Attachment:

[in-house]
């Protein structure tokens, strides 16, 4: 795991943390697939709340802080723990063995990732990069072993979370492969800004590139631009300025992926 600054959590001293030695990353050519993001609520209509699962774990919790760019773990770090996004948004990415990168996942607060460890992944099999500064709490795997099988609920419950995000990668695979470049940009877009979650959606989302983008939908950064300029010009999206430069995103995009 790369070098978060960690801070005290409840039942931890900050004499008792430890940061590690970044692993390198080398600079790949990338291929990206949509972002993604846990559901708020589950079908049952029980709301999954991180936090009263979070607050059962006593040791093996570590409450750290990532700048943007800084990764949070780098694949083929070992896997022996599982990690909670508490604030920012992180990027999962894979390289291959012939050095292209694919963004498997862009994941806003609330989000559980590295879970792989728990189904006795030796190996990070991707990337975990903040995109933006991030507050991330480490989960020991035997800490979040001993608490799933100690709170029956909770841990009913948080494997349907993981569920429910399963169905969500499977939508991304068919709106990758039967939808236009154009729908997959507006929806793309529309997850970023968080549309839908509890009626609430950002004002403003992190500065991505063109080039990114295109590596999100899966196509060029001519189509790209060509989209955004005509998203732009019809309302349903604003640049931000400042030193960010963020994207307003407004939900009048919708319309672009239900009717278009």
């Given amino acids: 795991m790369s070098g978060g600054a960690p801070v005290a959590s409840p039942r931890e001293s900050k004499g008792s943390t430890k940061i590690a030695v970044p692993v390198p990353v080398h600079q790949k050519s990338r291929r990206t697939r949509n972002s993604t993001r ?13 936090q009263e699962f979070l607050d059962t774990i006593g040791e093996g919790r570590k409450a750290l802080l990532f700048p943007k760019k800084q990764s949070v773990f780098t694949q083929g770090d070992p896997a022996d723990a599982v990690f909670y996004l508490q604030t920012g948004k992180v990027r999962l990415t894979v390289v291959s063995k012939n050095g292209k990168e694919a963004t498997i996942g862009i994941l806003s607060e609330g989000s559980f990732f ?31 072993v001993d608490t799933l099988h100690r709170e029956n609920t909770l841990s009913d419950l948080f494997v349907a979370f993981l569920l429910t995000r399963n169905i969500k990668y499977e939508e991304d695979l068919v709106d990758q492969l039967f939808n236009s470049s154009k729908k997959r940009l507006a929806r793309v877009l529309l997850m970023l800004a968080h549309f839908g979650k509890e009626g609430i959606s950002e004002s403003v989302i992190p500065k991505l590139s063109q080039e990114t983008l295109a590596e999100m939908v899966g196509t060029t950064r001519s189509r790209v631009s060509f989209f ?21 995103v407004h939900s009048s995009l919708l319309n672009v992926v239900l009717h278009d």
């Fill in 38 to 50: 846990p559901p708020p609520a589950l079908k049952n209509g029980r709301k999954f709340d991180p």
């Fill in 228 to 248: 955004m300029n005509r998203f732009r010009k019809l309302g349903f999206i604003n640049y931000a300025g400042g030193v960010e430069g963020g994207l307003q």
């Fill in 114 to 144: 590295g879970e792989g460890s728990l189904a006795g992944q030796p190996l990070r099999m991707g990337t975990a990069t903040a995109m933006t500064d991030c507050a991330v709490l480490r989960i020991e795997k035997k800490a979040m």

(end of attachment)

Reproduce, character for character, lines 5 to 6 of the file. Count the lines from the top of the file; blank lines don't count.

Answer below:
């Fill in 228 to 248: 955004m300029n005509r998203f732009r010009k019809l309302g349903f999206i604003n640049y931000a300025g400042g030193v960010e430069g963020g994207l307003q």
């Fill in 114 to 144: 590295g879970e792989g460890s728990l189904a006795g992944q030796p190996l990070r099999m991707g990337t975990a990069t903040a995109m933006t500064d991030c507050a991330v709490l480490r989960i020991e795997k035997k800490a979040m």